Last week's New Technologies and Interdisciplinary Research on Religion was a fascinating collection of work in this area. Historians, data visualizationists, linguists, sociologists, economists, etc. presented on a wide range of topics which really worked well together. You can find our presentation here.
So after the last week of alcohol and drug related postings I guess you can say that we've found religion! Hallelujah! And returning to our earlier analysis of the cyberscapes of religion, the following three maps take a more fine grained look at representations of Christianity on the internet.
The first map displays references to four types of Christianity (Catholic, Orthodox, Pentecostal and Protestant) at a global scale. Vivid patterns are visible on this map. References to "Catholic" dominate in many places. Of course, those who are making placemarks may be more likely to refer to a specific Protestant denomination (e.g., Methodist, Baptist, etc.) which would serve to overstate the level of Catholicism.
However, there are clear clusters of the three other types of Christianity. Most interesting is the fact that references to "Pentecostal" are more visible than references to "Catholic" in most parts of Brazil (and large parts of South America) despite the fact that almost three-quarters of Brazilians identify as being Catholics. Part of the issue is likely down to the fact that we thus far have confined our searches to English-language terms and are therefore missing out on all the references to Catholicism in Spanish. However, it is intriguing that Pentecostalism is so visible in Brazil (perhaps because it is rapidly growing in popularity in the region).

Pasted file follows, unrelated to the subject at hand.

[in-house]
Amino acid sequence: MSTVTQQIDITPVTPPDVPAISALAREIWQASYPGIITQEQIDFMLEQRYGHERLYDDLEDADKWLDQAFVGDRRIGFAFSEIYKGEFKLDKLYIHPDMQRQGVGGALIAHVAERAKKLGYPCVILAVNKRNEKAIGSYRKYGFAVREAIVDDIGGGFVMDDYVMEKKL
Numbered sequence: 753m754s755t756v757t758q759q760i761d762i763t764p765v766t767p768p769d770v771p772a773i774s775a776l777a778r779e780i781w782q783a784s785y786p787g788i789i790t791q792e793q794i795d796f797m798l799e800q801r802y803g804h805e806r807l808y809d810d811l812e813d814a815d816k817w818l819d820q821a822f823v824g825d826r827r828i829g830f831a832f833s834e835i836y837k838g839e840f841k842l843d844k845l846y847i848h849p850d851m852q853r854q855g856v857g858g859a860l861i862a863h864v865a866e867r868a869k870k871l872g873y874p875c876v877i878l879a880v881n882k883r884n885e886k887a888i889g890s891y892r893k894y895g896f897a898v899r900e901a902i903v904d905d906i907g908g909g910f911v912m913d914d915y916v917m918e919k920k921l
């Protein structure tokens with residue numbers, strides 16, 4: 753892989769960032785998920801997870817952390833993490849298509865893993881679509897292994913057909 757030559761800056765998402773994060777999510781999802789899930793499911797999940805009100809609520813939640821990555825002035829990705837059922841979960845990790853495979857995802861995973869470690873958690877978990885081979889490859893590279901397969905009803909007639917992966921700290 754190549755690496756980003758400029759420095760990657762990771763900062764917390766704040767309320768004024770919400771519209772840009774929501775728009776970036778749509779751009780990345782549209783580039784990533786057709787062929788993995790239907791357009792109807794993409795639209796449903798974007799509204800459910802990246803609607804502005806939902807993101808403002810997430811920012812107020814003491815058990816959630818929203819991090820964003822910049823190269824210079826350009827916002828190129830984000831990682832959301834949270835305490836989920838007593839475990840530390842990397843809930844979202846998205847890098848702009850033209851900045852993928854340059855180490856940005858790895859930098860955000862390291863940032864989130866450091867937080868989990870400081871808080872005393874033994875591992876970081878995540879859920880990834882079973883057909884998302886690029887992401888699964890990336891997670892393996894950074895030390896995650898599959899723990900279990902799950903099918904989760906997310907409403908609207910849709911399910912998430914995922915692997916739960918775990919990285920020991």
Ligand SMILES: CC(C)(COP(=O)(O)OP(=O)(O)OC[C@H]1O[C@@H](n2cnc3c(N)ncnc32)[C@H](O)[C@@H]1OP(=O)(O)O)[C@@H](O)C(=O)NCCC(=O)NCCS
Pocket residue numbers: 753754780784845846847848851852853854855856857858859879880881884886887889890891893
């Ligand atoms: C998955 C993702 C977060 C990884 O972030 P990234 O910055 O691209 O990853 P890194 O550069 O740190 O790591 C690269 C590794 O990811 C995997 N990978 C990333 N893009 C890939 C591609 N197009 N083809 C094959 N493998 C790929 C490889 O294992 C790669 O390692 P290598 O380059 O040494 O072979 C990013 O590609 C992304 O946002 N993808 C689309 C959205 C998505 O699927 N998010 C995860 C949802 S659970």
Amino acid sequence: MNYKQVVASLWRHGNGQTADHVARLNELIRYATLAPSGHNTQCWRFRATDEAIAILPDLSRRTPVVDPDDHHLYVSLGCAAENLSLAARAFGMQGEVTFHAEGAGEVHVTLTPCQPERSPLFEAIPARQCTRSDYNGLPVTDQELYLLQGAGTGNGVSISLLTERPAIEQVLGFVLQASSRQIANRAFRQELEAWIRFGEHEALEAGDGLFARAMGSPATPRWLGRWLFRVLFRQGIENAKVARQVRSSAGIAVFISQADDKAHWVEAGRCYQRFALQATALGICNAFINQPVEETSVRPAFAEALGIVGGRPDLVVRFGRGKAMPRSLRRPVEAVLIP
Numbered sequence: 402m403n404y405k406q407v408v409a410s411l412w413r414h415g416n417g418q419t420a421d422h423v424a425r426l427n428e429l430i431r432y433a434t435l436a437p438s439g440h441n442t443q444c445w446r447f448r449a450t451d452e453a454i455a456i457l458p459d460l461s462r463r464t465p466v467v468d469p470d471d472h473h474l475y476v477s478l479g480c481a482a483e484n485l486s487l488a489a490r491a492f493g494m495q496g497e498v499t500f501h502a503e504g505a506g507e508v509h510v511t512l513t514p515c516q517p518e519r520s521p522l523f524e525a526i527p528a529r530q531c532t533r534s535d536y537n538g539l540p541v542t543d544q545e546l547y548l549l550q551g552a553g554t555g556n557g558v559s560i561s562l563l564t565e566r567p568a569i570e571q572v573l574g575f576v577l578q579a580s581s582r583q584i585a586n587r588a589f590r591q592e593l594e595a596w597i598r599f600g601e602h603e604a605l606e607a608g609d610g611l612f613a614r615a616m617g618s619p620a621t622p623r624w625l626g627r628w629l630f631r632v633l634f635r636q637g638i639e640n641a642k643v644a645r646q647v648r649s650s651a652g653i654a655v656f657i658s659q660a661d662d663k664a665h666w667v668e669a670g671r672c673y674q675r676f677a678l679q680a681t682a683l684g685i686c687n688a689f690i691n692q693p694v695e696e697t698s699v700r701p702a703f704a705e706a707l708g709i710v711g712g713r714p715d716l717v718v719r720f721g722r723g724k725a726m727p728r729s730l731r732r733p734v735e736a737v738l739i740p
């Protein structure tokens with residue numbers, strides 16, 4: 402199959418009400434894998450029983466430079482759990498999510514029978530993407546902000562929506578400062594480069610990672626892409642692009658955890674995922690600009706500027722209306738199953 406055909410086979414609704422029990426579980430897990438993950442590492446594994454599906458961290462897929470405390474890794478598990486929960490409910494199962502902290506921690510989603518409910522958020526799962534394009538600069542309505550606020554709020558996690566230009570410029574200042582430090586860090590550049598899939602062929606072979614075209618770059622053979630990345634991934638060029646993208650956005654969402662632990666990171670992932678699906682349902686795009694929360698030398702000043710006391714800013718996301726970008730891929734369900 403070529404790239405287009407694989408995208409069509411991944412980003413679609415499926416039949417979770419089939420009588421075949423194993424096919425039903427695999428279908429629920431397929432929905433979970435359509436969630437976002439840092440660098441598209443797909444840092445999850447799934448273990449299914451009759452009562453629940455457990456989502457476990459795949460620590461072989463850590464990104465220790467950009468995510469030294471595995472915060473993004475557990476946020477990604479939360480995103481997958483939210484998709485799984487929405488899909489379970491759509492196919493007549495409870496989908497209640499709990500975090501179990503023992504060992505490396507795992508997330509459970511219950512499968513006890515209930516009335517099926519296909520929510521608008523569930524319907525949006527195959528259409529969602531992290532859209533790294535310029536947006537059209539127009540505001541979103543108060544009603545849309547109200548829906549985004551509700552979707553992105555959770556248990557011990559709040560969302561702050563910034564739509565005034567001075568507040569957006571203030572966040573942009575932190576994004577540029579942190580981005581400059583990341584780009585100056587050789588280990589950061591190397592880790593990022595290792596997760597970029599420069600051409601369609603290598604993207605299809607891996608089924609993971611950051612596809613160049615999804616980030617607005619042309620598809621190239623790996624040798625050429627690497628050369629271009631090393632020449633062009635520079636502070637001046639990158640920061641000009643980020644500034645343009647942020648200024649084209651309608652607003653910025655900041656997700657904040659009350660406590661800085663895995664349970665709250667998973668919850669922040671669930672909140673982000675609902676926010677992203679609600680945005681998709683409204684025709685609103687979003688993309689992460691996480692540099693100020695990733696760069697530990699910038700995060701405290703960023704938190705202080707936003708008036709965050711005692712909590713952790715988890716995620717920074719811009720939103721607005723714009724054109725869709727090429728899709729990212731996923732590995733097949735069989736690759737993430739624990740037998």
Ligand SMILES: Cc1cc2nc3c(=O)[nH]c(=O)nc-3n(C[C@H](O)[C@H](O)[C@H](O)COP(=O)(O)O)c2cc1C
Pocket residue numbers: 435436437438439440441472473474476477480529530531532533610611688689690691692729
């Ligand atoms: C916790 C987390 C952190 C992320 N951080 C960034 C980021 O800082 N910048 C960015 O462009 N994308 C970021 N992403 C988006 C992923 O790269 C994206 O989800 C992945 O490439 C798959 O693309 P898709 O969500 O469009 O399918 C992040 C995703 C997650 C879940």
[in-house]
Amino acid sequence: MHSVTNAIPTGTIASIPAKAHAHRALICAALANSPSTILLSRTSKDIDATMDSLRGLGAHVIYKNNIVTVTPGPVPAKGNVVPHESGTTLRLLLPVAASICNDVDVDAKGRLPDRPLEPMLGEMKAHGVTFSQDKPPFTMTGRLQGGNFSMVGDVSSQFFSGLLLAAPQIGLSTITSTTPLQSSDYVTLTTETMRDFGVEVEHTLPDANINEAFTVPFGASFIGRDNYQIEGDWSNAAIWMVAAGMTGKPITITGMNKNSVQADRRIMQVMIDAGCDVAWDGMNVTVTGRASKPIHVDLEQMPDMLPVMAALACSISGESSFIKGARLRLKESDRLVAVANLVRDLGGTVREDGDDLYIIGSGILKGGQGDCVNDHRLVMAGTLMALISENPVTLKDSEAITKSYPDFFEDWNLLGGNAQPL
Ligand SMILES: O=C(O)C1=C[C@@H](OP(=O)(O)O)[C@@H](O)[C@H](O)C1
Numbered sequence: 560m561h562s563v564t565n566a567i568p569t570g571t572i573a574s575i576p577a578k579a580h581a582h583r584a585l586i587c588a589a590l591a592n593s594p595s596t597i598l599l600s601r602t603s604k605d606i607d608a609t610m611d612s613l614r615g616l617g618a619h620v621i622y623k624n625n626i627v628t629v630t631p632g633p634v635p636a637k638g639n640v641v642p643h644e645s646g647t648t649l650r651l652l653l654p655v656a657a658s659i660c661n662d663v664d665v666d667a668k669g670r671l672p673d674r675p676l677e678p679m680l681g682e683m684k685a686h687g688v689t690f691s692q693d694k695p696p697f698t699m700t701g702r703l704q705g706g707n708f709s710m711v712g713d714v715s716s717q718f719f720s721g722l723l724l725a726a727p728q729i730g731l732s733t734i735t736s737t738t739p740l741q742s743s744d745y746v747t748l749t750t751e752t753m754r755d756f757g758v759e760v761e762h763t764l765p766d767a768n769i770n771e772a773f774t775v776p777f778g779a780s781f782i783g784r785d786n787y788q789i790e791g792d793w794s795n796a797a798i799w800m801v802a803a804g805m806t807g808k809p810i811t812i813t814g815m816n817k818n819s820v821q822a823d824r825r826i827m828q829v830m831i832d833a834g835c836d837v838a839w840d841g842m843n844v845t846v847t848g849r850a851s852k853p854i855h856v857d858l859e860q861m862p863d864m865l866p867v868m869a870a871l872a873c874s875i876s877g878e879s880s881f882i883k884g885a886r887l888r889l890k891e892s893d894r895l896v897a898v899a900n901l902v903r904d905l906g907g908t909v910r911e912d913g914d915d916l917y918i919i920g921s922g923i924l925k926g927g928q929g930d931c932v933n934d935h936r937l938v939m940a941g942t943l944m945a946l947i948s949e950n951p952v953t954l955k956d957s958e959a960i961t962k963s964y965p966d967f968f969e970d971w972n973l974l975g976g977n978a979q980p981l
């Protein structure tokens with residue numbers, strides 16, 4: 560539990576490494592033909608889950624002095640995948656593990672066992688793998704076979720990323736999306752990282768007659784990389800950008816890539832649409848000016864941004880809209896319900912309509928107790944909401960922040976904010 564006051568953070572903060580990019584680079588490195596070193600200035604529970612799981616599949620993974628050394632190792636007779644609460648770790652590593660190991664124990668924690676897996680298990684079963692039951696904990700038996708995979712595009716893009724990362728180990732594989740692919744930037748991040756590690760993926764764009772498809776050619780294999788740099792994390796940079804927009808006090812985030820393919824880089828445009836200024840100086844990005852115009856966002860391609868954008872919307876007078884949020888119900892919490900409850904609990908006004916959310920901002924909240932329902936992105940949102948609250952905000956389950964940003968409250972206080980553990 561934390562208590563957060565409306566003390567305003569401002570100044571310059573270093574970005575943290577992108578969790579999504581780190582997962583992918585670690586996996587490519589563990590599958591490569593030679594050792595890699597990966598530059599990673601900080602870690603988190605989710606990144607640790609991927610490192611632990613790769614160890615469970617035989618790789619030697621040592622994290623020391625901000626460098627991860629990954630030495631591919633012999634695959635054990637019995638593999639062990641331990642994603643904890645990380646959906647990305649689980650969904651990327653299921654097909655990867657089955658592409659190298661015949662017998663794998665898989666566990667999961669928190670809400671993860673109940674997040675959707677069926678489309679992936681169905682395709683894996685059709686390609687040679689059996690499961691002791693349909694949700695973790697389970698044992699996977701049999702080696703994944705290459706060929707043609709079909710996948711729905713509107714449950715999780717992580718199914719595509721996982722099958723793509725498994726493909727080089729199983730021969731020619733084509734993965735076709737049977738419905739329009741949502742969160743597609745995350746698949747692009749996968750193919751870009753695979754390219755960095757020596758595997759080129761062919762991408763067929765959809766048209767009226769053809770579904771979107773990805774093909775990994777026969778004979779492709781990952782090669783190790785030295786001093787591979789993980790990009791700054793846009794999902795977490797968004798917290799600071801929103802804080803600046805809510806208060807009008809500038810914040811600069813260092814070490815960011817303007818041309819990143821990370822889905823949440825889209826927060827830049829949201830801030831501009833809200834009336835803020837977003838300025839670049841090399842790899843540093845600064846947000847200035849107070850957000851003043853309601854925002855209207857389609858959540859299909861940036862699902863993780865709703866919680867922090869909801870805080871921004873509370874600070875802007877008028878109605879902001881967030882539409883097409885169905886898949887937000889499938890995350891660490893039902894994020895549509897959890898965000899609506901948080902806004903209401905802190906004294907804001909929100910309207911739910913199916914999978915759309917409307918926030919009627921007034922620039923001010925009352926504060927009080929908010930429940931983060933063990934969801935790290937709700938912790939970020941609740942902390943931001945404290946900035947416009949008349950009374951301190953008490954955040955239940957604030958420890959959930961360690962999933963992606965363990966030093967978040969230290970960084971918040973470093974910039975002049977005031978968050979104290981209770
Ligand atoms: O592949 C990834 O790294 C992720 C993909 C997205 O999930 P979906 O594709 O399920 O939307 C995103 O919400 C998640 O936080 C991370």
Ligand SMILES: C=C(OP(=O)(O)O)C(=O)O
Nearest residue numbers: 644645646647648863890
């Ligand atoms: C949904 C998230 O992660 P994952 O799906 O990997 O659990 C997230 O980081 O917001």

Taking a closer look at Europe, there is a fascinating split between Orthodox Eastern Europe, Protestant Germany, and Catholic everywhere else. In places such as the UK that contain more Protestants than Catholics it is likely that people aren't using the actual term "Protestant" as a signifier of their religion.
Too combat this issue of Protestantism being an overly general term that few people associated with, we also looked at a broader range of terms related to Christian denominations in the US and discovered patterns that are incredibly clear. Catholics are most visible in much of the Northeast and Canada, with Lutherans taking the Midwest, Baptists the Southeast, and Mormons unsurprisingly taking much of the mountain states. Methodists, interestingly, seem to primarily be most visible in a thin red line between the Southern Baptists and everyone else. The obvious (and farcical question) is against whom are they forming a defensive barrier?
Our readers might also be interested in the fact that there are parts of the country in which the Amish are most visible in religious cyberspaces: a somewhat surprising finding given the fact that they are not supposed to be using contemporary technology - let alone be annotating Google placemarks.